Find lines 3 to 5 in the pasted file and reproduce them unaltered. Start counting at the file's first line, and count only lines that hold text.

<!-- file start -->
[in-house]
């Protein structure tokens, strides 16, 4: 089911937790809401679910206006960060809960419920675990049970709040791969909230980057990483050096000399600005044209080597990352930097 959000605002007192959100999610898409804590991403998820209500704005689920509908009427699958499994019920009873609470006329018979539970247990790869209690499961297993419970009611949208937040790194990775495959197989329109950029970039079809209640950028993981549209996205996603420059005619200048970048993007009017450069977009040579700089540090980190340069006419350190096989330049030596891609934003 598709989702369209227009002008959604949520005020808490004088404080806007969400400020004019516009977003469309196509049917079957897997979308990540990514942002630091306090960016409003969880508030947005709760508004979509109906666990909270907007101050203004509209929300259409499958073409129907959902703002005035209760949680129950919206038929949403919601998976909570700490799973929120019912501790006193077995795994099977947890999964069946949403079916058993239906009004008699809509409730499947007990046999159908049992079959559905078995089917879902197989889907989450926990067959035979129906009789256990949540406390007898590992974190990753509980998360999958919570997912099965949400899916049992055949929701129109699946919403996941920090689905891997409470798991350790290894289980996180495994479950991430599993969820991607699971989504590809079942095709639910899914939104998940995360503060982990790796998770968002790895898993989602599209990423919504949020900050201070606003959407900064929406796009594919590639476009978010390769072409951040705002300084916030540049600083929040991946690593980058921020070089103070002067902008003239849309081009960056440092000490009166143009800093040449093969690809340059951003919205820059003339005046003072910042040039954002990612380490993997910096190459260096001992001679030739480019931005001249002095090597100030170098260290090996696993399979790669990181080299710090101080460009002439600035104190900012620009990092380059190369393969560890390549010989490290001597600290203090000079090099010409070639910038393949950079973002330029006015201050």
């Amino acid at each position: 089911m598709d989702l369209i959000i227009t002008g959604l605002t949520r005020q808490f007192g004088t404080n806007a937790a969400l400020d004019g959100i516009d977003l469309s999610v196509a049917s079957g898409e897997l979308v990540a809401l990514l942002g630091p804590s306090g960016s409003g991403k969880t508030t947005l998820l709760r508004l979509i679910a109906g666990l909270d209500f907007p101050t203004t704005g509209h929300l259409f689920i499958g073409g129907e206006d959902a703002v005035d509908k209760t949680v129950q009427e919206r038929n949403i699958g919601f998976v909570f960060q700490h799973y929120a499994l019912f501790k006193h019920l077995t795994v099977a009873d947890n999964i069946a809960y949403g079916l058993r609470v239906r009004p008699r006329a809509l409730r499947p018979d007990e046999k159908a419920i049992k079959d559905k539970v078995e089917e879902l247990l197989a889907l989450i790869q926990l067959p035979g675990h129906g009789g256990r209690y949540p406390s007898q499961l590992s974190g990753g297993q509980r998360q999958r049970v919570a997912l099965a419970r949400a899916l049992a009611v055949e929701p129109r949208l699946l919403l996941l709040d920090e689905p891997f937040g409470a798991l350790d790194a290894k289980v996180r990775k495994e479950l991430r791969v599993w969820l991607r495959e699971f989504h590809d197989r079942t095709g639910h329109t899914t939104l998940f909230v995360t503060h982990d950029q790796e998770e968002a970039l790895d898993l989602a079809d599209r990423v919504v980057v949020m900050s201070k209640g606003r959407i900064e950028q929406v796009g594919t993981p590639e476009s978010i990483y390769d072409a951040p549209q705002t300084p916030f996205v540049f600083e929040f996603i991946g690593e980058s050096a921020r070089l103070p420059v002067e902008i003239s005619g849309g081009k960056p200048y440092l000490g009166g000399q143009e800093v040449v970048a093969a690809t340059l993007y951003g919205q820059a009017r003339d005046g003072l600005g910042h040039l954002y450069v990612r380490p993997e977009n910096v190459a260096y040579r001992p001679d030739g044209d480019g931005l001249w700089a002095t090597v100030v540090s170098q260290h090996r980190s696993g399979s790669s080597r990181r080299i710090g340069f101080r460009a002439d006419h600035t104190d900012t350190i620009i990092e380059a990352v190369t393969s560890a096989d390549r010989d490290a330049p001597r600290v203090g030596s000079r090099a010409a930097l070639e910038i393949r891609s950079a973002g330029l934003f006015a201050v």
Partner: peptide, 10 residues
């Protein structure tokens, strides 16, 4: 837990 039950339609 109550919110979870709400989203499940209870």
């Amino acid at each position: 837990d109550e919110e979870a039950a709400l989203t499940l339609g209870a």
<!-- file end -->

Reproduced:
């Amino acid at each position: 089911m598709d989702l369209i959000i227009t002008g959604l605002t949520r005020q808490f007192g004088t404080n806007a937790a969400l400020d004019g959100i516009d977003l469309s999610v196509a049917s079957g898409e897997l979308v990540a809401l990514l942002g630091p804590s306090g960016s409003g991403k969880t508030t947005l998820l709760r508004l979509i679910a109906g666990l909270d209500f907007p101050t203004t704005g509209h929300l259409f689920i499958g073409g129907e206006d959902a703002v005035d509908k209760t949680v129950q009427e919206r038929n949403i699958g919601f998976v909570f960060q700490h799973y929120a499994l019912f501790k006193h019920l077995t795994v099977a009873d947890n999964i069946a809960y949403g079916l058993r609470v239906r009004p008699r006329a809509l409730r499947p018979d007990e046999k159908a419920i049992k079959d559905k539970v078995e089917e879902l247990l197989a889907l989450i790869q926990l067959p035979g675990h129906g009789g256990r209690y949540p406390s007898q499961l590992s974190g990753g297993q509980r998360q999958r049970v919570a997912l099965a419970r949400a899916l049992a009611v055949e929701p129109r949208l699946l919403l996941l709040d920090e689905p891997f937040g409470a798991l350790d790194a290894k289980v996180r990775k495994e479950l991430r791969v599993w969820l991607r495959e699971f989504h590809d197989r079942t095709g639910h329109t899914t939104l998940f909230v995360t503060h982990d950029q790796e998770e968002a970039l790895d898993l989602a079809d599209r990423v919504v980057v949020m900050s201070k209640g606003r959407i900064e950028q929406v796009g594919t993981p590639e476009s978010i990483y390769d072409a951040p549209q705002t300084p916030f996205v540049f600083e929040f996603i991946g690593e980058s050096a921020r070089l103070p420059v002067e902008i003239s005619g849309g081009k960056p200048y440092l000490g009166g000399q143009e800093v040449v970048a093969a690809t340059l993007y951003g919205q820059a009017r003339d005046g003072l600005g910042h040039l954002y450069v990612r380490p993997e977009n910096v190459a260096y040579r001992p001679d030739g044209d480019g931005l001249w700089a002095t090597v100030v540090s170098q260290h090996r980190s696993g399979s790669s080597r990181r080299i710090g340069f101080r460009a002439d006419h600035t104190d900012t350190i620009i990092e380059a990352v190369t393969s560890a096989d390549r010989d490290a330049p001597r600290v203090g030596s000079r090099a010409a930097l070639e910038i393949r891609s950079a973002g330029l934003f006015a201050v």
Partner: peptide, 10 residues
């Protein structure tokens, strides 16, 4: 837990 039950339609 109550919110979870709400989203499940209870």